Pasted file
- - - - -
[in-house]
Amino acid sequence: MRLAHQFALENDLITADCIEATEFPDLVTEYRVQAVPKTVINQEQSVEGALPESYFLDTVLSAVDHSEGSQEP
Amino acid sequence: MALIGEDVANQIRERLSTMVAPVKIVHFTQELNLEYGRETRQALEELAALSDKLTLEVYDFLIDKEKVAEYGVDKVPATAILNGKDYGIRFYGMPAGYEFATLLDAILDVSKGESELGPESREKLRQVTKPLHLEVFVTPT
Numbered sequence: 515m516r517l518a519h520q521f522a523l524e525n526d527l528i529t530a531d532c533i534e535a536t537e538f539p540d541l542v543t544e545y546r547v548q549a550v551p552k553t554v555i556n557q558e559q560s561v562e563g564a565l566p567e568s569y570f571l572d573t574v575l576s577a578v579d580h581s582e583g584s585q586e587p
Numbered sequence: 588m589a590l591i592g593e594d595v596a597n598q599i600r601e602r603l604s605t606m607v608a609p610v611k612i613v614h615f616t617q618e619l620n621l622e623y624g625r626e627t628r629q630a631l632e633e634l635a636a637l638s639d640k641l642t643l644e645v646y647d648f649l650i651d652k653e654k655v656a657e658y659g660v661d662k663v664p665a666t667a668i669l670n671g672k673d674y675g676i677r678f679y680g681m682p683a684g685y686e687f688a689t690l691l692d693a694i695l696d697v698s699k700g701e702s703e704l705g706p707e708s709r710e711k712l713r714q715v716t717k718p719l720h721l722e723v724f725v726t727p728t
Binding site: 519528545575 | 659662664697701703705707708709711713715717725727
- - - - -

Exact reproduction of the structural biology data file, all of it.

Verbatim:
[in-house]
Amino acid sequence: MRLAHQFALENDLITADCIEATEFPDLVTEYRVQAVPKTVINQEQSVEGALPESYFLDTVLSAVDHSEGSQEP
Amino acid sequence: MALIGEDVANQIRERLSTMVAPVKIVHFTQELNLEYGRETRQALEELAALSDKLTLEVYDFLIDKEKVAEYGVDKVPATAILNGKDYGIRFYGMPAGYEFATLLDAILDVSKGESELGPESREKLRQVTKPLHLEVFVTPT
Numbered sequence: 515m516r517l518a519h520q521f522a523l524e525n526d527l528i529t530a531d532c533i534e535a536t537e538f539p540d541l542v543t544e545y546r547v548q549a550v551p552k553t554v555i556n557q558e559q560s561v562e563g564a565l566p567e568s569y570f571l572d573t574v575l576s577a578v579d580h581s582e583g584s585q586e587p
Numbered sequence: 588m589a590l591i592g593e594d595v596a597n598q599i600r601e602r603l604s605t606m607v608a609p610v611k612i613v614h615f616t617q618e619l620n621l622e623y624g625r626e627t628r629q630a631l632e633e634l635a636a637l638s639d640k641l642t643l644e645v646y647d648f649l650i651d652k653e654k655v656a657e658y659g660v661d662k663v664p665a666t667a668i669l670n671g672k673d674y675g676i677r678f679y680g681m682p683a684g685y686e687f688a689t690l691l692d693a694i695l696d697v698s699k700g701e702s703e704l705g706p707e708s709r710e711k712l713r714q715v716t717k718p719l720h721l722e723v724f725v726t727p728t
Binding site: 519528545575 | 659662664697701703705707708709711713715717725727